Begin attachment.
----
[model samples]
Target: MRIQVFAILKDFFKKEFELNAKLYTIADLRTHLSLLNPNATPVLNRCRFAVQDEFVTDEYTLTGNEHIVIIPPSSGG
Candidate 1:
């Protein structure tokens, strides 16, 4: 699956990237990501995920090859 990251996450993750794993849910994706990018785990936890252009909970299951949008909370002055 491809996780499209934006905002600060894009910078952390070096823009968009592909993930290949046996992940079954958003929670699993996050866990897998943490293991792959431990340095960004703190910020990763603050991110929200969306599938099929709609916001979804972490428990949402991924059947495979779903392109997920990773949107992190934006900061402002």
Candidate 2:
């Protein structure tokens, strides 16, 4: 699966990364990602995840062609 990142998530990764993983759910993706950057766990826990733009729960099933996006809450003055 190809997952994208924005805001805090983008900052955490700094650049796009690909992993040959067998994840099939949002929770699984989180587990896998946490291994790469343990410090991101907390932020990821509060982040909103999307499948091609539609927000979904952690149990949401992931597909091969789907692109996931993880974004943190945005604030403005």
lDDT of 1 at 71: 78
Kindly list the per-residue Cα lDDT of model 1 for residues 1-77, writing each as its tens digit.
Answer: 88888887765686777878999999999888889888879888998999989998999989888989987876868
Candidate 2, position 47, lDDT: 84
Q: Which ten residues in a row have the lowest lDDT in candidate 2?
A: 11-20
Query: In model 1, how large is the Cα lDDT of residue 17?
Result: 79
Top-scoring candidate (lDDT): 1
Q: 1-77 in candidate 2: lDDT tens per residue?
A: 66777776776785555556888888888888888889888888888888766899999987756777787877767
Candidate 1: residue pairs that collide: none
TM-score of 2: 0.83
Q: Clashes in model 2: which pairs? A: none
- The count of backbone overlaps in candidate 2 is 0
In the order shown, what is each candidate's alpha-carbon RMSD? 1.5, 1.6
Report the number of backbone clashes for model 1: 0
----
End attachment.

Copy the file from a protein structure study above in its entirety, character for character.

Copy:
[model samples]
Target: MRIQVFAILKDFFKKEFELNAKLYTIADLRTHLSLLNPNATPVLNRCRFAVQDEFVTDEYTLTGNEHIVIIPPSSGG
Candidate 1:
């Protein structure tokens, strides 16, 4: 699956990237990501995920090859 990251996450993750794993849910994706990018785990936890252009909970299951949008909370002055 491809996780499209934006905002600060894009910078952390070096823009968009592909993930290949046996992940079954958003929670699993996050866990897998943490293991792959431990340095960004703190910020990763603050991110929200969306599938099929709609916001979804972490428990949402991924059947495979779903392109997920990773949107992190934006900061402002």
Candidate 2:
């Protein structure tokens, strides 16, 4: 699966990364990602995840062609 990142998530990764993983759910993706950057766990826990733009729960099933996006809450003055 190809997952994208924005805001805090983008900052955490700094650049796009690909992993040959067998994840099939949002929770699984989180587990896998946490291994790469343990410090991101907390932020990821509060982040909103999307499948091609539609927000979904952690149990949401992931597909091969789907692109996931993880974004943190945005604030403005």
lDDT of 1 at 71: 78
Kindly list the per-residue Cα lDDT of model 1 for residues 1-77, writing each as its tens digit.
Answer: 88888887765686777878999999999888889888879888998999989998999989888989987876868
Candidate 2, position 47, lDDT: 84
Q: Which ten residues in a row have the lowest lDDT in candidate 2?
A: 11-20
Query: In model 1, how large is the Cα lDDT of residue 17?
Result: 79
Top-scoring candidate (lDDT): 1
Q: 1-77 in candidate 2: lDDT tens per residue?
A: 66777776776785555556888888888888888889888888888888766899999987756777787877767
Candidate 1: residue pairs that collide: none
TM-score of 2: 0.83
Q: Clashes in model 2: which pairs? A: none
- The count of backbone overlaps in candidate 2 is 0
In the order shown, what is each candidate's alpha-carbon RMSD? 1.5, 1.6
Report the number of backbone clashes for model 1: 0